One of the few genuinely eccentric things I found in Auckland, 'The White Lady' burger van
has been parked here for 68 years. The burgers are absolutely delicious - although the van is typically difficult to find!
Well, up here in north-east England we have our very own Auckland, of course. Except that it’s not so much a ‘place’, more of a vast mediaeval estate with a mysterious name and places ending in ‘Auckland’ planted on it here and there. West Auckland, St Helens Auckland, St Andrew Auckland (more usually called South Church) and - wait for it - Bishop Auckland.
I’ve never really known why Bishop Auckland sets my teeth on edge quite as much as it does. I lived and worked in that area of County Durham for a few years and have nothing but unqualified praise and admiration for, for example, the beautiful ancient churches of St Helen and St Andrew, the ruins of the Roman fort of Vinovia (with a hypocaust and a stretch of Roman road still intact), the neglected national gem at Escomb…
Unalloyed encomiums (encomia?) like that always have a downside, though. And, in this case, the downside is Bishop Auckland. It stands as the main town on the ancient Auckland estate, it contains Auckland Palace - the sumptuous and rather too worldly residence of the Bishops of Durham - and yet...and yet…
I think that, lying at the base of my dislike is a simple feeling of disappointment. Bishop Auckland ought to be a lot more than it actually is - a dull, pedestrian, ‘narrow-minded‘ little town with nothing to offer a visitor but po-faced people who resemble the pitbull terriers they all own - in looks and temperament.
Bishop Auckland commits the unforgivable sin of being boring. Not exactly ugly, like Middlesbrough or Plymouth (God forbid) - just plain boring. Plain and boring.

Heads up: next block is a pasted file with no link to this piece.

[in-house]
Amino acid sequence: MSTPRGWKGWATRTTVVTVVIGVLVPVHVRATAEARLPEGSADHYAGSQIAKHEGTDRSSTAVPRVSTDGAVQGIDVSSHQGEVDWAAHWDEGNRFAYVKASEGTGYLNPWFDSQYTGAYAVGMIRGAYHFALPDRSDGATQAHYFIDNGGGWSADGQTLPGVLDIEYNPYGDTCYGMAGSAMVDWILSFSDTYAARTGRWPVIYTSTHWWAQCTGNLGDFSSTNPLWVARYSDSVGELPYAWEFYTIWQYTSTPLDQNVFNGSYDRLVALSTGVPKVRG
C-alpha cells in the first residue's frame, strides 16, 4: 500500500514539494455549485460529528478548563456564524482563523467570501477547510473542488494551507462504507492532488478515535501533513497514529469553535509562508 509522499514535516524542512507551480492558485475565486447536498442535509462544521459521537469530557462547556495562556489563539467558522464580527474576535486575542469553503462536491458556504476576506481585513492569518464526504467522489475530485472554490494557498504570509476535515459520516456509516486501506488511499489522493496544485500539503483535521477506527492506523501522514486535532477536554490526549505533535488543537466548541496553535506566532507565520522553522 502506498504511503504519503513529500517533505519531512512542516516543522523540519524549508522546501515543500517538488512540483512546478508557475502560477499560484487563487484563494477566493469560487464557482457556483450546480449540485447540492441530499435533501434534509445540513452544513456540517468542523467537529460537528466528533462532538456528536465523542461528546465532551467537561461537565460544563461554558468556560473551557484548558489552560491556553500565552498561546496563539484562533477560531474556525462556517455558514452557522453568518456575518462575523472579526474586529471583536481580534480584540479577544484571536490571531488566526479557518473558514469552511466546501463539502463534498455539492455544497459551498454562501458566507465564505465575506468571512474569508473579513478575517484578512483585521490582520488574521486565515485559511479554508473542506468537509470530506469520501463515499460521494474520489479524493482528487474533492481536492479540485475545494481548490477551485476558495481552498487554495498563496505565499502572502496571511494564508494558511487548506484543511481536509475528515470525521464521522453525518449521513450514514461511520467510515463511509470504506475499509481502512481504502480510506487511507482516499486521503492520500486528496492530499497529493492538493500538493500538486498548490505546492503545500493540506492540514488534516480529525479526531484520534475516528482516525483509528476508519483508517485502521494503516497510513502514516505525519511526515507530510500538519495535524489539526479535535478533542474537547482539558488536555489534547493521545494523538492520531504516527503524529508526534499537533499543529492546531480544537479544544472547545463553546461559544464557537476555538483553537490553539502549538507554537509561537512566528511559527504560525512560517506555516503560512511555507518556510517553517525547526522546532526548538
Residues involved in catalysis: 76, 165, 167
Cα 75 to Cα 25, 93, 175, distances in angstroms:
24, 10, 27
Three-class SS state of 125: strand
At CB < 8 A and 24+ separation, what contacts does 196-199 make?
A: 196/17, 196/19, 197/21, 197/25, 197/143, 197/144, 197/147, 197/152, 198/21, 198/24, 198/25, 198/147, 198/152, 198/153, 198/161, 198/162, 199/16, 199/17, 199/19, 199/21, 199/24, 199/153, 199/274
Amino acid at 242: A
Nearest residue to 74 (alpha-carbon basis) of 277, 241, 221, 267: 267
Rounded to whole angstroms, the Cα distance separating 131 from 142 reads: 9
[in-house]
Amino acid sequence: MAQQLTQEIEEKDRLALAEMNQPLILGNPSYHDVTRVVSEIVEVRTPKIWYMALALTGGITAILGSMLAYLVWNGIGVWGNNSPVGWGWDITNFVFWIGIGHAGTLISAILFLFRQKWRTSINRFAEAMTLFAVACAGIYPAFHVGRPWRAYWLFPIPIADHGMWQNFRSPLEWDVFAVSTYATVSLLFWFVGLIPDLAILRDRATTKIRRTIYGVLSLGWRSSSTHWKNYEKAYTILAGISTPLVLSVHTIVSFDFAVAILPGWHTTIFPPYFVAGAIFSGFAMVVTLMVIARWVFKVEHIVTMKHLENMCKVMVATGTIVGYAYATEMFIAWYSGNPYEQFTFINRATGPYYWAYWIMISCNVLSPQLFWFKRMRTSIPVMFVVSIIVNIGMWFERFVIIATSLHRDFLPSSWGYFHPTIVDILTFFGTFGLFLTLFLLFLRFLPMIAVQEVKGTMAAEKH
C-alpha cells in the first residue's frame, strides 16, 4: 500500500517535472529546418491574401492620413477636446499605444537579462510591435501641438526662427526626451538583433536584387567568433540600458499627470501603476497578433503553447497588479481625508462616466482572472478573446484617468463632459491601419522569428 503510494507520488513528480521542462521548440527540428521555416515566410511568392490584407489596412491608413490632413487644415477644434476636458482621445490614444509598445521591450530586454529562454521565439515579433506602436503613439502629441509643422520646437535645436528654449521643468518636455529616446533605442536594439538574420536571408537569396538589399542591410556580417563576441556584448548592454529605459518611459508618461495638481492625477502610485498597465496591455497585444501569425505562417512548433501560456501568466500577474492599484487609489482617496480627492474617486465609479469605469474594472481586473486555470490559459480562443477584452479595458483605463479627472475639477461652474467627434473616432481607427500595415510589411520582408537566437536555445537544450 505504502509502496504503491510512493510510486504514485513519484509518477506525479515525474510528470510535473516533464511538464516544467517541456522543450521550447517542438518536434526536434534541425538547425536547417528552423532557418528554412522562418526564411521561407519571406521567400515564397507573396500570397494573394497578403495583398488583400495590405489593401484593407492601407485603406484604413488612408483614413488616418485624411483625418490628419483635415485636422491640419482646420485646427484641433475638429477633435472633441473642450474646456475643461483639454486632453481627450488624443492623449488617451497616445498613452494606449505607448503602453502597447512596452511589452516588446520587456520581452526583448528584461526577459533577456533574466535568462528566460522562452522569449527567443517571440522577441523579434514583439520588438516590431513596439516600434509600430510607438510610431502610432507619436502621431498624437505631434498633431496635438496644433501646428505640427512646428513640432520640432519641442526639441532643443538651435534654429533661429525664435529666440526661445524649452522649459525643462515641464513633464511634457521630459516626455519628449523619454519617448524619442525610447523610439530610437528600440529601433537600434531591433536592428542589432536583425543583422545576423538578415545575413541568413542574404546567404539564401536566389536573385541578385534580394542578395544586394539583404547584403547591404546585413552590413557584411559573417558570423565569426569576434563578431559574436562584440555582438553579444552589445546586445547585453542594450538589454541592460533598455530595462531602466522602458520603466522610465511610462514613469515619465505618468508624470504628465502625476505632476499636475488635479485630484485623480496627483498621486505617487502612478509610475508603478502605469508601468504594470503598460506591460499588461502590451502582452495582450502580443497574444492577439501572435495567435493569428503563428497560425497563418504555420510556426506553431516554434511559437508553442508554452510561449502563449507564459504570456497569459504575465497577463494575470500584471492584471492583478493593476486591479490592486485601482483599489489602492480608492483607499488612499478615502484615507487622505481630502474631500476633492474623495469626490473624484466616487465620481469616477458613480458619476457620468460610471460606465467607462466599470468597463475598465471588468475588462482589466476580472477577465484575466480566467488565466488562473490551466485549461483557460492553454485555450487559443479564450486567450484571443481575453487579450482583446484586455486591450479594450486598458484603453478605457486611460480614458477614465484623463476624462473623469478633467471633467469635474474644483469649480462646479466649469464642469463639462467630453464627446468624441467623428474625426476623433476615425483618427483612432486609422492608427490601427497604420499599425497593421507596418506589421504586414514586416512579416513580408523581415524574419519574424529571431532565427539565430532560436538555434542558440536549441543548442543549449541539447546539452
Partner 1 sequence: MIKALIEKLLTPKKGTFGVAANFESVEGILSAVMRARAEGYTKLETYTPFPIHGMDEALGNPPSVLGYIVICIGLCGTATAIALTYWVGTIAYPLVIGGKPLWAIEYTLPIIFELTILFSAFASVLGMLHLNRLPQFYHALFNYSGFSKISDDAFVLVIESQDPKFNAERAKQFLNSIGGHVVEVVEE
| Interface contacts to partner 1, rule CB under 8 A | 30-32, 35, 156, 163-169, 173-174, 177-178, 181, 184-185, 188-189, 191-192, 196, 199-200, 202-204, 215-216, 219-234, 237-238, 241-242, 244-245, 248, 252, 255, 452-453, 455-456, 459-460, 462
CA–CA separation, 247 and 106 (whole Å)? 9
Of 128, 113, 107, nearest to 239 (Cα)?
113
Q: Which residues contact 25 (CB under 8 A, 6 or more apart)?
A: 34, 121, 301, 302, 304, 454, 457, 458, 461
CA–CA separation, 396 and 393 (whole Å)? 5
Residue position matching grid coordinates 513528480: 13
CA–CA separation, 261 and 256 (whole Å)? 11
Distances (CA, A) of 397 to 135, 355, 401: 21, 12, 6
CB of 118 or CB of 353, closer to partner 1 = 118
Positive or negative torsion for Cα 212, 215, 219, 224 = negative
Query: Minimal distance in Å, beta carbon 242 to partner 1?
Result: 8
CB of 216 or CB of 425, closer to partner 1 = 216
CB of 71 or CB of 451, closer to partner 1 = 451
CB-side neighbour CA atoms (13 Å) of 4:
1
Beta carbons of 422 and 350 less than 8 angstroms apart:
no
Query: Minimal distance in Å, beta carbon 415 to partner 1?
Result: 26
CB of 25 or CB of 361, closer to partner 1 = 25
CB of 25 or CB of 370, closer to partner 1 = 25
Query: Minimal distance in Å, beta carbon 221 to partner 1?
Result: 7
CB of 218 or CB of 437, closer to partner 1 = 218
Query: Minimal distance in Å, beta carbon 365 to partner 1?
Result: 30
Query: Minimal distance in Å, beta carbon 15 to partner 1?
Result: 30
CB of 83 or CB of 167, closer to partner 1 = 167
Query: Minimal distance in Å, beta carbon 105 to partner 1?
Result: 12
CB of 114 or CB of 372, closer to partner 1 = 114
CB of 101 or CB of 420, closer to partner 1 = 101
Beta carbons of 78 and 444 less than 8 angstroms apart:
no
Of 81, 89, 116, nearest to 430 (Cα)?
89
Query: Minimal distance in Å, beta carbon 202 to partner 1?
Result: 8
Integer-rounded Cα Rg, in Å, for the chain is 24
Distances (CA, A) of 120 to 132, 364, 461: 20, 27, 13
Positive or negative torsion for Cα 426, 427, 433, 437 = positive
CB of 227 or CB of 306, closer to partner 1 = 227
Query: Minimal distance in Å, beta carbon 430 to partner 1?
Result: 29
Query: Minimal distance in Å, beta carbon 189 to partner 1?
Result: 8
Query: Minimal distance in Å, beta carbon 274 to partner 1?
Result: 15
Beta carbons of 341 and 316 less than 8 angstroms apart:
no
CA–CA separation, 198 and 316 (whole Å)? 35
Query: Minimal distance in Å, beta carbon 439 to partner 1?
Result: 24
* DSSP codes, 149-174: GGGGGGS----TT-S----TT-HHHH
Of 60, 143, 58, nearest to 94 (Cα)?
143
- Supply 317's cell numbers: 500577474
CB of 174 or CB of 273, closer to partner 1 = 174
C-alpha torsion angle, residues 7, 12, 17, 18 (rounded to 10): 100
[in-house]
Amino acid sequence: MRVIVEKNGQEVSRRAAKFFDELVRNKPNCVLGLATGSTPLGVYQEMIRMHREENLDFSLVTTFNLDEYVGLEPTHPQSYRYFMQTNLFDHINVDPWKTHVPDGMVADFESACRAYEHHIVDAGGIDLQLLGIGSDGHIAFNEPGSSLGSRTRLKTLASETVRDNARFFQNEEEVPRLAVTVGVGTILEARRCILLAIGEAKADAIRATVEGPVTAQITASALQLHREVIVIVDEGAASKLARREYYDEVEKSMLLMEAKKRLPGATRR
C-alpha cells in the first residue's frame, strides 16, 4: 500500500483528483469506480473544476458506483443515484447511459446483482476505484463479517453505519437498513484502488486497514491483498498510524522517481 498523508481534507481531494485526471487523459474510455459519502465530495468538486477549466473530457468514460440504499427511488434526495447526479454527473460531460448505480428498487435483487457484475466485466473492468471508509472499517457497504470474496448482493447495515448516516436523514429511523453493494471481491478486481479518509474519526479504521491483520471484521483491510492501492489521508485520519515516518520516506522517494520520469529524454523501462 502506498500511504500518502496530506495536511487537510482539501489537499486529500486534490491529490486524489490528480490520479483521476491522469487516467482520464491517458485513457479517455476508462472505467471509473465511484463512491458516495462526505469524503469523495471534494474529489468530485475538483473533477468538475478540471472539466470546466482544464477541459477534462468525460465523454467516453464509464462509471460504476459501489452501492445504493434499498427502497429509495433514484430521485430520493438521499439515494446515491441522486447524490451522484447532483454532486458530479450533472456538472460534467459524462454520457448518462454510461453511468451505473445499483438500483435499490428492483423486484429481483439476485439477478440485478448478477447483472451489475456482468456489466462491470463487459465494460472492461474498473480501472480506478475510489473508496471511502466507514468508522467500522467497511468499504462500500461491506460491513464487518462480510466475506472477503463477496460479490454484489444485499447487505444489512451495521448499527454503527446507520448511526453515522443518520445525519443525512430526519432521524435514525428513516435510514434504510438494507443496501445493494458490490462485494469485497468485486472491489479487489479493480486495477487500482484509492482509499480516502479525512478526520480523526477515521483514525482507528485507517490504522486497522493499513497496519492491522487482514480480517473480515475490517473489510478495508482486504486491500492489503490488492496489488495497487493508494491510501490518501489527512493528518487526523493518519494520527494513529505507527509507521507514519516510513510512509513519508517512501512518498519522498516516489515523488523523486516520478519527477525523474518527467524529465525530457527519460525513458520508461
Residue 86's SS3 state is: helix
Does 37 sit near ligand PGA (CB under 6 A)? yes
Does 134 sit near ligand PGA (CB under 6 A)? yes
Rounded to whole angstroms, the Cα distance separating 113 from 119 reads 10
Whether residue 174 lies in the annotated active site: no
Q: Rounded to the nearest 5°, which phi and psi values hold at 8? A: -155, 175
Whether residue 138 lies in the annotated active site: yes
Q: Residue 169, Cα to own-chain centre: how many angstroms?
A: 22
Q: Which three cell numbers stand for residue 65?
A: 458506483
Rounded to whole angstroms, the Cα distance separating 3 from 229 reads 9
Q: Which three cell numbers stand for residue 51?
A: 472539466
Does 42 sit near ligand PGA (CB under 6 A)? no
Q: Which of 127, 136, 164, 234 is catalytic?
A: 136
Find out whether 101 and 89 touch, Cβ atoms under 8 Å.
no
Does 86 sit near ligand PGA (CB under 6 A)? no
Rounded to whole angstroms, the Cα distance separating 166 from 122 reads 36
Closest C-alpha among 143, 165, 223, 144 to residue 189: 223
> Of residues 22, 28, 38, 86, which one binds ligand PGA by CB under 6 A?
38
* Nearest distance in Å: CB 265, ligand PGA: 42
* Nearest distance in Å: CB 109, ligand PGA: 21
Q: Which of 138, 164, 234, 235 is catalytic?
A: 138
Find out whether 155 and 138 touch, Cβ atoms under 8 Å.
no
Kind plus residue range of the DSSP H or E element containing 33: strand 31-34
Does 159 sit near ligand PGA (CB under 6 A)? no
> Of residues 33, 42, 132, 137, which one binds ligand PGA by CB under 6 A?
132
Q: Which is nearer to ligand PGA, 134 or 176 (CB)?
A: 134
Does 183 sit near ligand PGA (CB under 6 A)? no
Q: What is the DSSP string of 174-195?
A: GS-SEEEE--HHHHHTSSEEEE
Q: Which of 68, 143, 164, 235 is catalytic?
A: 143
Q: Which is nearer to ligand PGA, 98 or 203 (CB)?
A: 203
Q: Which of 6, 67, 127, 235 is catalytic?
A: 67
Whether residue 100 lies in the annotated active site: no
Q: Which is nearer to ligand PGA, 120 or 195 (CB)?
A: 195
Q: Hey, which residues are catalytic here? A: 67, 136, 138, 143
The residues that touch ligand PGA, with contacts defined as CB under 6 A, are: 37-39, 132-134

Over the centuries, this didn’t stop its ruling family - the Edens - from becoming immensely rich by exploiting the area’s coal deposits; a charmless characteristic they shared with all of County Durham’s coal-owners. That’s why the splendid coaching inn at Rushyford is called The Eden Arms.
Sir Anthony Eden - a scion of the same family (isn’t ‘scion‘ a lovely word?) became Prime Minister in the 1950s and managed to make a complete pig’s breakfast of the Suez Crisis.
And one of his pre-Victorian ancestors was honoured in a much more grandiose way than merely having a roadside pub named after him. When George, the first Earl of Auckland (no less), was viceroy of India in the 1840s, the new Governor of New Zealand (a man called William Hobson) decided to name that country’s new capital city after him for reasons best known to himself.
The Treaty of Waitangi had just been signed; this was the agreement that was supposed to settle the differences between European settlers in New Zealand and the native Maoris. It didn’t - and modern kiwis are still suffering its consequences.
Governor Hobson wanted to celebrate this pyrrhic victory by building a new city. And the result was Auckland.
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Whatever else he was, Governor Hobson was no fool. Auckland sits on a wide isthmus that links both ends of North Island and therefore faces seaward in two directions. Its climate is balmy and welcoming (except in summer, when it’s steamy, and in winter, when it rains stair-rods). Its bays are dotted with gorgeous, beach-girt islets full of yachts and second homes, it’s prosperous and wealthy. And yet….and yet…
It has something in common with the place from which it ultimately derives its name.
Auckland is dull.
This lad was arrested, handcuffed and marched away right in front of me. I keep wondering what his crime was and what happened to him.
Although it's no longer a capital city, it’s New Zealand’s largest city by far - almost a third of the country’s entire population lives here. It has an extraordinarily rich ethnic mix, too; ‘pukeha’, the descendants of European settlers, mingle happily with Maoris and with the biggest Polynesian population on Earth (including Polynesia).
The National Theatre in Auckland